Is it the right time to fix your interest rates? Or how long is a piece of string? | George Raptis

With interest rates at historic lows and talk of rates rising in the next year or so, borrowers are once again pondering that age-old question about their property investment or home loan– to fix, or not to fix?

Fixing all or a portion of your property investment mortgage (or home loan) is enticing right now given that some of the fixed rates on offer have a  4 in front of them and a few banks have their fixed rates below their variable rates.

So will it get better, or should borrowers pounce on these  fixed rate deals before lenders do an about face?

While it would be nice to have a definitive answer to that question, unfortunately I do not possess a crystal ball!questionmark_house

Trying to pinpoint the bottom of the bank’s interest rate cycle is almost as difficult as identifying when property markets have hit their lowest point.

Only with the help of hindsight will we ever truly know when the best time to fix property investment or home loans is!

Michael Yardney  recently wrote a blog outlining the..

 7 questions you must ask if you’re considering fixing interest rates.

These were:

  1. Will I want to sell my property during the fixed loan period?
  2. Will I want to access the equity in my property to invest further during the fixed period?
  3. Do I need an offset account?
  4. Can I make extra repayments off my loan?
  5. What balance of fixed and variable rates do I need for my portfolio?
  6. How long should I fix my loan for?
  7. If interest rates fall further, what will locking in today have cost me?

For my money, fixing all of your loans is never a good idea, regardless of how tempting the percentages might be at any given time.

While having the security of knowing what your repayments will be for the next few years can give borrowers some peace of mind in these uncertain times, if you do this changing the structure of your loan portfolio; refinancing or swapping lenders to benefit from a better deal, can be a tricky and costly exercise if you have to break a fixed loan term to do so.

Why not fix a portion?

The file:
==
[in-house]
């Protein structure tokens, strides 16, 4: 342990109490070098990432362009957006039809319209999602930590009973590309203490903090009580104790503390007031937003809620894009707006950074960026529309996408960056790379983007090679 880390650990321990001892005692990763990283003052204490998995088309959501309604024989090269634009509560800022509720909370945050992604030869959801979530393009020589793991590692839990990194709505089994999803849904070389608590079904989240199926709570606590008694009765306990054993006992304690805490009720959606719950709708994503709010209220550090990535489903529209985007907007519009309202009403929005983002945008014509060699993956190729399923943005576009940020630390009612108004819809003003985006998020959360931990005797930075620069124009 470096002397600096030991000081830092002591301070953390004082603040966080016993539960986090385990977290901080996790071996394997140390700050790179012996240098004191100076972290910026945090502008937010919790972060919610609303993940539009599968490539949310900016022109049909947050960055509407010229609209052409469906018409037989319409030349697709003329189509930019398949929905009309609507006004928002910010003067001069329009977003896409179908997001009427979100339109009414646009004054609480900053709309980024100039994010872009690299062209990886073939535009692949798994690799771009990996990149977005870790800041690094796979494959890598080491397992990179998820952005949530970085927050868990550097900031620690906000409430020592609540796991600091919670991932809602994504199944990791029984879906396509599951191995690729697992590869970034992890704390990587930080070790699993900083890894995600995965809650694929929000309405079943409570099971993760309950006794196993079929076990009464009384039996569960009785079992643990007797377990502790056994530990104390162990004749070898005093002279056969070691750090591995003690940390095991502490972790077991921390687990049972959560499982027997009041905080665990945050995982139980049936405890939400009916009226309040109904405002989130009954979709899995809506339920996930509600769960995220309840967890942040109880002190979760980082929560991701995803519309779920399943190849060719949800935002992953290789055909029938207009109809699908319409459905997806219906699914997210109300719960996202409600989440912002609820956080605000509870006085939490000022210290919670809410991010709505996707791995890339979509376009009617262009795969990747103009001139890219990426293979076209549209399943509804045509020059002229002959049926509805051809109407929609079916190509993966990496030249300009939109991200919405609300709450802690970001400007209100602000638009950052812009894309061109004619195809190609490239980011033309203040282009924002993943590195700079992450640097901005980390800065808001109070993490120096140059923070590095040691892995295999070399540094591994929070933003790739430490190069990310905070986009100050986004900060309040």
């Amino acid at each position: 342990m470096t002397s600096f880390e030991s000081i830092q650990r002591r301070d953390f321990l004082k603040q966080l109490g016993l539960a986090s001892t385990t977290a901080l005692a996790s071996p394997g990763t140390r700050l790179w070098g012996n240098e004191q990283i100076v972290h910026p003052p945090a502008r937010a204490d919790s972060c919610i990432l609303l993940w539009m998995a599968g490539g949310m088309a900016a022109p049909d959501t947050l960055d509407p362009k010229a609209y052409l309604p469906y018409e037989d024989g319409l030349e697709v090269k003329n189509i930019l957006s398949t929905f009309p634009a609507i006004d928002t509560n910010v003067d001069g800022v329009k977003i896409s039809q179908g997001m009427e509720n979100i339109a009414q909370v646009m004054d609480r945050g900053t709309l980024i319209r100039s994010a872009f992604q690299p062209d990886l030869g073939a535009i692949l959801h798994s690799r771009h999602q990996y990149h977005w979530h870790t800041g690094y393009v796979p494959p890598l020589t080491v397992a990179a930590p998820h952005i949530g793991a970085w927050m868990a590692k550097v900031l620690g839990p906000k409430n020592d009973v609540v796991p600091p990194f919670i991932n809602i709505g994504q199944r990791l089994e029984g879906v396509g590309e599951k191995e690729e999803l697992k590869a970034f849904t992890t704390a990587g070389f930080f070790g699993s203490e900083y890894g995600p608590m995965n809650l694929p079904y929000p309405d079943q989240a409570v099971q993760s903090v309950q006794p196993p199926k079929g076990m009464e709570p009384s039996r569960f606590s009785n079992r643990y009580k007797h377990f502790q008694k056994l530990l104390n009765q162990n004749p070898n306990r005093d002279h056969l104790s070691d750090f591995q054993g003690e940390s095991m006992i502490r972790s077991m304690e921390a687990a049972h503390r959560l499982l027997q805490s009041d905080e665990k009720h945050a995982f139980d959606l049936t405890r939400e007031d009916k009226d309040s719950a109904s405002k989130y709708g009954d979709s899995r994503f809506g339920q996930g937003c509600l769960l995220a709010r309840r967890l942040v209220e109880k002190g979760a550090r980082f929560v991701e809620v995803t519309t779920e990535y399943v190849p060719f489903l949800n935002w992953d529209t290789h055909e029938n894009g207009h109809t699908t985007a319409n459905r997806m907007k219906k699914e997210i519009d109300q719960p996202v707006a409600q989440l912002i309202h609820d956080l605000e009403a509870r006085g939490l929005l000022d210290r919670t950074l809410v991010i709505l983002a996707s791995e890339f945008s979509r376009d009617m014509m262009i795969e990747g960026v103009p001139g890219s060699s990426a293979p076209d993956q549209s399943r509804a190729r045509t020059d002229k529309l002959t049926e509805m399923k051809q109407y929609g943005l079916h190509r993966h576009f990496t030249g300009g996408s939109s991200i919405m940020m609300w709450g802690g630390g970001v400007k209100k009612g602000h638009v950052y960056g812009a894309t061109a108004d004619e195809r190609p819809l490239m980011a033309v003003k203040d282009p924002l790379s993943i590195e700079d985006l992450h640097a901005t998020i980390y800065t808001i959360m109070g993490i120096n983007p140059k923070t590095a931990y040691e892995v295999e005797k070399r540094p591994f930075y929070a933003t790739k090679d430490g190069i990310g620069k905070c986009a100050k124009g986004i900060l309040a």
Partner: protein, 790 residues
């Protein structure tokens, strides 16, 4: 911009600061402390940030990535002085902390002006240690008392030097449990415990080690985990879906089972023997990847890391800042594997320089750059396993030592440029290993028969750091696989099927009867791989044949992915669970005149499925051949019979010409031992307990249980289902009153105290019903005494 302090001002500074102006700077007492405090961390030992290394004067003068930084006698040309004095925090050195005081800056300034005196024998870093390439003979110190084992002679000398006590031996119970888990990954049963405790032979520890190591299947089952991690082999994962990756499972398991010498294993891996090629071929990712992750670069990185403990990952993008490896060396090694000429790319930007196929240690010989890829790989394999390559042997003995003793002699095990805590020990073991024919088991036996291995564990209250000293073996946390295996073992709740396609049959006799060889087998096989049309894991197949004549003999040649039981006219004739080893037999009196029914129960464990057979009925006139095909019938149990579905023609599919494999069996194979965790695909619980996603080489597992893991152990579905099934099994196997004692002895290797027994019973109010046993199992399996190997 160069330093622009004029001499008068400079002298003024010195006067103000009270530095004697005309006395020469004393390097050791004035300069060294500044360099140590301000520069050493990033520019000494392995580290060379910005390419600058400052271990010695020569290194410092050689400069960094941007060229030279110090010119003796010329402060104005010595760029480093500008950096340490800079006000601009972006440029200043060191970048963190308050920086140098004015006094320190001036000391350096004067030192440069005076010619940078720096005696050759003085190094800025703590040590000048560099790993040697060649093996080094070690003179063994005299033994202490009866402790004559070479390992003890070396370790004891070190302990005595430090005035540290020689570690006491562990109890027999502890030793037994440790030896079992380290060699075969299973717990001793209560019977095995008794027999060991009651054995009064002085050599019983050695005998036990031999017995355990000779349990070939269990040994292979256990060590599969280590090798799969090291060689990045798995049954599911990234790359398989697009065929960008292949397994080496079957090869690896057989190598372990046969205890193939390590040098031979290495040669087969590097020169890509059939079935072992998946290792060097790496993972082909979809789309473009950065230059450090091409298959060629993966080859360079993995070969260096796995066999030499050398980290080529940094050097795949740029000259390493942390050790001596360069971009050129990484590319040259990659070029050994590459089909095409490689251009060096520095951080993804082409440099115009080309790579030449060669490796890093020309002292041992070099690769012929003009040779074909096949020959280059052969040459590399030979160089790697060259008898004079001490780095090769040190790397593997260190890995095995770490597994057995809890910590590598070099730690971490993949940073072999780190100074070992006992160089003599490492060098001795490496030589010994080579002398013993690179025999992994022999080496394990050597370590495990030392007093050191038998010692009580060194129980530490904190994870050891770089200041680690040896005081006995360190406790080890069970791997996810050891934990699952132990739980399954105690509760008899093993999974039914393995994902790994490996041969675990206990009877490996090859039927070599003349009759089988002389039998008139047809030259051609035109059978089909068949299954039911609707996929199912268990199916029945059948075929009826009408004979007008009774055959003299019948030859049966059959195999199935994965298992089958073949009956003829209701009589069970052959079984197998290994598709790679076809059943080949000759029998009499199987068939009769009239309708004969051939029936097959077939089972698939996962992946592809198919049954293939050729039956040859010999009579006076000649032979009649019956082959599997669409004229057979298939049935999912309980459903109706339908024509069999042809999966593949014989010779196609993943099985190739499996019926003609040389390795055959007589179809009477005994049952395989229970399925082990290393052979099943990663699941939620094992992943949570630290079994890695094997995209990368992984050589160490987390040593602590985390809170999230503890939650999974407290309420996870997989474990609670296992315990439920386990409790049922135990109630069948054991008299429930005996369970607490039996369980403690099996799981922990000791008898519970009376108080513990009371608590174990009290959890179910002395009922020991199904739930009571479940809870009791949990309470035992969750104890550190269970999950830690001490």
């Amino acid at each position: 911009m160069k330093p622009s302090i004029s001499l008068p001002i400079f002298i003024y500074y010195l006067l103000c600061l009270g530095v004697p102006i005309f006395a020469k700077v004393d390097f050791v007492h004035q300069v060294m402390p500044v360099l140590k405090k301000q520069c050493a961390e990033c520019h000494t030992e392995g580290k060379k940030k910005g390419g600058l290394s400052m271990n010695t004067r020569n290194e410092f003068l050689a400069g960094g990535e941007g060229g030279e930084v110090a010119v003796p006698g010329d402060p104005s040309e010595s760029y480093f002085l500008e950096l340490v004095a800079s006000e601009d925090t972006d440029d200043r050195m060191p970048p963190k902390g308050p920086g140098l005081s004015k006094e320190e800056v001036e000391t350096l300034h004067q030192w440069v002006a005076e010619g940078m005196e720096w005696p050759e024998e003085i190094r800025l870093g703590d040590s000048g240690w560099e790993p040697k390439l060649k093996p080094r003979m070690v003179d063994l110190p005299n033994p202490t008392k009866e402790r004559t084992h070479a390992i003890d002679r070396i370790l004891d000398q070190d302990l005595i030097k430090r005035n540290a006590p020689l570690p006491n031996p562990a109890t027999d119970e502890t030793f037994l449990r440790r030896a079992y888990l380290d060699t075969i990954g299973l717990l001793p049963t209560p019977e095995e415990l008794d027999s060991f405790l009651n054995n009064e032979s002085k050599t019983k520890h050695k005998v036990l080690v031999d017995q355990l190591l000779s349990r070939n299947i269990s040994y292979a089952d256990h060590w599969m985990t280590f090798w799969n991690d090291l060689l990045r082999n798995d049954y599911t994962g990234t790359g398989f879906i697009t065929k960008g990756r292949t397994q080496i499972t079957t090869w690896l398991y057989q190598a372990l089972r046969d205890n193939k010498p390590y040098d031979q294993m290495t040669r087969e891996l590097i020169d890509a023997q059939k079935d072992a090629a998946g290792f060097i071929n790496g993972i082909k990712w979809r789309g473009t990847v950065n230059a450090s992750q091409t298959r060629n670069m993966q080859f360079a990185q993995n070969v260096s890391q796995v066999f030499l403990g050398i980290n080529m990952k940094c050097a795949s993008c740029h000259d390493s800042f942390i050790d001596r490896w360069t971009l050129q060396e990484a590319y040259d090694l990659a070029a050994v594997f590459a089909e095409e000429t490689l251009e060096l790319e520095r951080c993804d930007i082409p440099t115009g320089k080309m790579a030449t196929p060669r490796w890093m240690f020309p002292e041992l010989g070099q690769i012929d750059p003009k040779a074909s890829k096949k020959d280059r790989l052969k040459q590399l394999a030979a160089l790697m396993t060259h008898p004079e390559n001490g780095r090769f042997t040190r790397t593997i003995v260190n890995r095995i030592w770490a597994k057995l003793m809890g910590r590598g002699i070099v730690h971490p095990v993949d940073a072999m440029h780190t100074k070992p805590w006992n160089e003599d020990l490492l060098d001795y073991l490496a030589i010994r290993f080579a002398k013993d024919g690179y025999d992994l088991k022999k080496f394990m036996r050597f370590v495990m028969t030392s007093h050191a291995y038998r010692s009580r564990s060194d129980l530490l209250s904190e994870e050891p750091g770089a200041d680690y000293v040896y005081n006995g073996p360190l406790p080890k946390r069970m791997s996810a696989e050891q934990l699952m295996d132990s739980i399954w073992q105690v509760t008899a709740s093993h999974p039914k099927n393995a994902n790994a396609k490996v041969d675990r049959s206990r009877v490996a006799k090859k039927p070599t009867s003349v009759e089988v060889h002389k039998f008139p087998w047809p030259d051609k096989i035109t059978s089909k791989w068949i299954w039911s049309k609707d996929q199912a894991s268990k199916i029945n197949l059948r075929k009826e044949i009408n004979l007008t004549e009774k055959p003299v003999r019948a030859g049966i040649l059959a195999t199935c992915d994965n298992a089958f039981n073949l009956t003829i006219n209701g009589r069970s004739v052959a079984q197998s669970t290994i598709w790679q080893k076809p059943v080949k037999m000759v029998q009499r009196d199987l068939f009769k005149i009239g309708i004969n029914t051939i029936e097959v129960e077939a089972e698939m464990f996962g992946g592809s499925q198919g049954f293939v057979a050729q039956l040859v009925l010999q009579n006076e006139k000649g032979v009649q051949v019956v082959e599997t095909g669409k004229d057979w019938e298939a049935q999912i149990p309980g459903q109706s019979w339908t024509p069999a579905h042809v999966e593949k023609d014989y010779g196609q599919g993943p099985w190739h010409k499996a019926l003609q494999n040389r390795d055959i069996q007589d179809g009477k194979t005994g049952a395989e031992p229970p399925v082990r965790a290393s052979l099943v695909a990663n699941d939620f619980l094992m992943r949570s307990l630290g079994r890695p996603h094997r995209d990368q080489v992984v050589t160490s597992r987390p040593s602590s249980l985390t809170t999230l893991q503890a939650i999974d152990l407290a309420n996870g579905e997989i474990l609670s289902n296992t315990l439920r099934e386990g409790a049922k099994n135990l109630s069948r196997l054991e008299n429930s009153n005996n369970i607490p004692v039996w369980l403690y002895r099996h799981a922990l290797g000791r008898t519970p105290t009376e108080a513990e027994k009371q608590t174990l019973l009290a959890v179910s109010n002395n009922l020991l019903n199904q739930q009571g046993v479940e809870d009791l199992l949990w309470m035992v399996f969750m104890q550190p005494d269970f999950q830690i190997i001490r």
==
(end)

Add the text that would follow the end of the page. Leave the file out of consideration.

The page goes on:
Keeping a portion of your loans variable and fixing the remainder is worthwhile if you want to protect your cashflow, but this advice does come with a word of caution.

Firstly, avoid fixing multiple loans all at the same time and for the same period, because when they all revert back to a variable rate at the same point it can cause a lot of headaches; particularly for investors who have come to rely on the cashflow certainty of a fixed rate.

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Secondly, whenever you fix your property loan(s), you are taking a calculated risk.

Over the years some of our  clients who fix their loans do benefit financially in the long run. However I’ve seen more lose out when they fix their loans,even though at the time rates seem low.

The world’s economic outlook is incredibly difficult to predict right now. No one can say for sure where overseas financial markets are headed and even Australia’s enviable economic stability has wavered a bit of late.

Then there’s the fact that the banks are conditioning borrowers with constant talk about the rising cost of funds putting pressure on their ability to drop interest rates in line with any future cuts from the Reserve Bank.

Most economists are expecting interest rates to increase in the next year or two. In fact a recent survey of 28 economists concluded that interest rates are likely to start rising in 2015 and then continue to increase for 3 years.

So maybe that piece of string is not as long as we think…maybe fixing a portion of your loans is worth giving some thought to sooner rather than later!

But before you make a firm decision, have a chat with a proficient finance broker


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George Raptis


George is a Director of Metropole Property Strategists in Sydney. He shares his 27 years of experience in the property industry as a licensed estate agent and active property investor to help create wealth for his clients.

'Is it the right time to fix your interest rates? Or how long is a piece of string? | George Raptis' have 1 comment


    October 12, 2012 Sharemarket College

    I am planning to take home loan from a financial company so the tips which you have shared with all of us will be help for me.


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